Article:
You are here: Home - Investing - Experienced Investor - News -

Parents missing out by saving in cash

Written by:
While almost three-quarters of UK parents are saving for their children’s future, 90% are sticking to cash, which means savings may not be keeping pace with inflation.

HM Revenue & Customs (HMRC) figures show that only one in ten parents saving for their children are using a stocks and shares Junior ISA, in spite of historically low cash rates, and high investment returns in recent years. Parents save an average of £100 a month.

Junior ISA provider OneFamily said that parents who had invested £2,000 in a OneFamily Junior ISA three years ago, would now have £2,505 in their account compared to just £2,082 for a parent who opened up a children’s bank account. Parents choosing cash either have a standard children’s account (49%), a cash ISA (26%), a separate account in their name (15%), or just keep the cash at home (7%)

Nearly seven out of ten parents (68%) admitted to worrying about their children’s financial future, nearly half (44%) said they feel guilty they won’t have it as good as them financially, and four in ten (39%) said they don’t think their children will have the same career opportunities they did.

Why consider a stocks and shares ISA for your child?

Stock markets have tended to produce better long-term returns for savers, and have offered greater protection against inflation. They also offer a higher income (currently around 4% for companies in the FTSE 100).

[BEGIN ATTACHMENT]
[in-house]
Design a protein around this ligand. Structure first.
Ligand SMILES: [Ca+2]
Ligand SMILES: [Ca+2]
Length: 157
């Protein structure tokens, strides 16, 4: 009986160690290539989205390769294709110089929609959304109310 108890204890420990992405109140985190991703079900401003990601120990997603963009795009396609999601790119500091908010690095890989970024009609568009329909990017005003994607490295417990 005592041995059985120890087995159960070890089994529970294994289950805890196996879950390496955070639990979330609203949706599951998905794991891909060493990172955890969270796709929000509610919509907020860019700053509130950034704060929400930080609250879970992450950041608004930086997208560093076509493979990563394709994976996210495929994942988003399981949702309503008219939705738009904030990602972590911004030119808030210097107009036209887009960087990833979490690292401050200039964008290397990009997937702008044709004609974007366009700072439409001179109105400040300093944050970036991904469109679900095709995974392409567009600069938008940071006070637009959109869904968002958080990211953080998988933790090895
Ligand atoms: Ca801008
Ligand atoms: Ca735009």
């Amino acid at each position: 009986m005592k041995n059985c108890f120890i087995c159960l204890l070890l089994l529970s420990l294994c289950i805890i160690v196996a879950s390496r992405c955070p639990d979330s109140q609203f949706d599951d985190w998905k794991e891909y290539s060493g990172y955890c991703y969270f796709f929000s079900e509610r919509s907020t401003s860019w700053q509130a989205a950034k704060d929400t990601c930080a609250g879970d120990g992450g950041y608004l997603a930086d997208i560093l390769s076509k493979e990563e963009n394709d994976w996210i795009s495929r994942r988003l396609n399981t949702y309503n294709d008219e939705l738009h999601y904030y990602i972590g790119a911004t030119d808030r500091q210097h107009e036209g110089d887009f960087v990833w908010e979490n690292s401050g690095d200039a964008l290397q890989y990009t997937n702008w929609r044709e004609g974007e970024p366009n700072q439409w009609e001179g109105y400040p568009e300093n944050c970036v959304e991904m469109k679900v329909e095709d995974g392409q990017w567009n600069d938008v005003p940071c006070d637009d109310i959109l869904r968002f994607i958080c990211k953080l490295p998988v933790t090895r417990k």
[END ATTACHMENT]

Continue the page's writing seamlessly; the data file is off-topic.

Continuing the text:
However, many parents are turned off by the prospects of capital losses. Stock markets can bounce around, sometimes quite unpredictably, and it can be uncomfortable to take the risk. As a result, many just stick with cash.

The key difference is that when saving for children you have time on your side. You might have 15-20 years to invest and can therefore afford to ride out the highs and lows of stock markets.

Saving monthly offers some protection. You will be buying in at different times in the market and at different price points. This helps smooth out your returns over time.

For more information, see’s video on How and why to set up an ISA and/or pension for your child.

There are 0 Comment(s)

If you wish to comment without signing in, click your cursor in the top box and tick the 'Sign in as a guest' box at the bottom.

Big flu jab price hikes this winter: Where’s cheapest if you can’t get a free vaccine?

Pharmacies, supermarkets and health retailers are starting to offer flu jabs ahead of the winter season, but t...

Is now the time to fix your energy deal?

Fixed energy tariffs all but disappeared during the energy crisis. But now they are back with an increasing nu...

Everything you need to know about the pension triple lock

Retirees are braced to receive another bumper state pension pay rise next year due to the triple lock mechanis...

What will happen if rates change

How your finances will be impacted by a rise in interest rates.

Regular Savings Calculator

Small regular contributions can build up nicely over time.

Online Savings Calculator

Work out how your online savings can build over time.

The best student bank accounts in 2023: Cash offers, tastecards and 0% overdrafts

A number of banks are luring in new student customers with cold hard cash this year – while others are compe...

DIY investors: 10 common mistakes to avoid

For those without the help and experience of an adviser, here are 10 common DIY investor mistakes to avoid.

Mortgage down-valuations: Tips to avoid pulling out of a house sale

Down-valuations are on the rise. So, what does it mean for home buyers, and what can you do?

Money Tips of the Week